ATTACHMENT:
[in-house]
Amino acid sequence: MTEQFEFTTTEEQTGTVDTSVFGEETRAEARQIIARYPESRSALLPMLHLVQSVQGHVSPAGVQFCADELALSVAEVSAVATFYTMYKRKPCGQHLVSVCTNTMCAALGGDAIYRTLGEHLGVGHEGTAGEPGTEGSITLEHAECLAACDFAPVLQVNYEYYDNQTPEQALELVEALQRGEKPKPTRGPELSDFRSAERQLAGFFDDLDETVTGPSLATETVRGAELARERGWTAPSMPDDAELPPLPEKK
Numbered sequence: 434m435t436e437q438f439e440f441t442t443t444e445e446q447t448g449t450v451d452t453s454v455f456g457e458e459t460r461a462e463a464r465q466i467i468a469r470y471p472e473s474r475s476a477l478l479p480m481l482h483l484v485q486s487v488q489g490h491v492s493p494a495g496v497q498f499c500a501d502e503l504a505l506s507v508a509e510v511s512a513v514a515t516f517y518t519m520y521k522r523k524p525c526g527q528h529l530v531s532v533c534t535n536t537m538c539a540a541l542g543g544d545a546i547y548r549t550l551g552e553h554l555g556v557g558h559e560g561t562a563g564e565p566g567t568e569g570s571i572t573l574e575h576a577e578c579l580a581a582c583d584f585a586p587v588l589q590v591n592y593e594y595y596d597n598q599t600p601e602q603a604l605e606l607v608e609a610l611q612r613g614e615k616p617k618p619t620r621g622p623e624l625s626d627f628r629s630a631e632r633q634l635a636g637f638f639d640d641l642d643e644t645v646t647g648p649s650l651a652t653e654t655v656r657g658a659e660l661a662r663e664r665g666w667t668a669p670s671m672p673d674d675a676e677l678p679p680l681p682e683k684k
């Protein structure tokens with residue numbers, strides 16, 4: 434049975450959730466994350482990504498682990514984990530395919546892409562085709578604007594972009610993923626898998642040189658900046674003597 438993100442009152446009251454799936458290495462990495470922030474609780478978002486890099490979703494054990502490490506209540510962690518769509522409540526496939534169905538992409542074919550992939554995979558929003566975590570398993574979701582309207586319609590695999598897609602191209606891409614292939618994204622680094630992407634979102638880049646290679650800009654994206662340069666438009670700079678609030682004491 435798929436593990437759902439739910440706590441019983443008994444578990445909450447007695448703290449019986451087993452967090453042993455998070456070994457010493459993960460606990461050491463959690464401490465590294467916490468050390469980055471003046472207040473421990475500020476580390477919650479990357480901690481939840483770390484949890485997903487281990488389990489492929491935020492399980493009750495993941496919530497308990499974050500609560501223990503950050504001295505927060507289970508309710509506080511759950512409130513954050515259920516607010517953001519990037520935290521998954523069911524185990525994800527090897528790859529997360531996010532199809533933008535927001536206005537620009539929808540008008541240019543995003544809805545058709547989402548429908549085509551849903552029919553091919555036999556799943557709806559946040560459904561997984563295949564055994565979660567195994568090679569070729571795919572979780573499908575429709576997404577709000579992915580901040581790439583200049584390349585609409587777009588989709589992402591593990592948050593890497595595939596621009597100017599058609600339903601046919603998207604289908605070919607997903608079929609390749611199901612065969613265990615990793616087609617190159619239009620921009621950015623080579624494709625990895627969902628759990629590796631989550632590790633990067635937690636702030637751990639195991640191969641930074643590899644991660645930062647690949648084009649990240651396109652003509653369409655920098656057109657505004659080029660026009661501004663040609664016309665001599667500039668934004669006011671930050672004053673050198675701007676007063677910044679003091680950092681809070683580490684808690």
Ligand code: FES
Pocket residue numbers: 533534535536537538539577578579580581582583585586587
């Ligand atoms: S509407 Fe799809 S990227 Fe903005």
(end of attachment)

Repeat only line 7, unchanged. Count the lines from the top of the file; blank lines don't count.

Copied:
């Ligand atoms: S509407 Fe799809 S990227 Fe903005």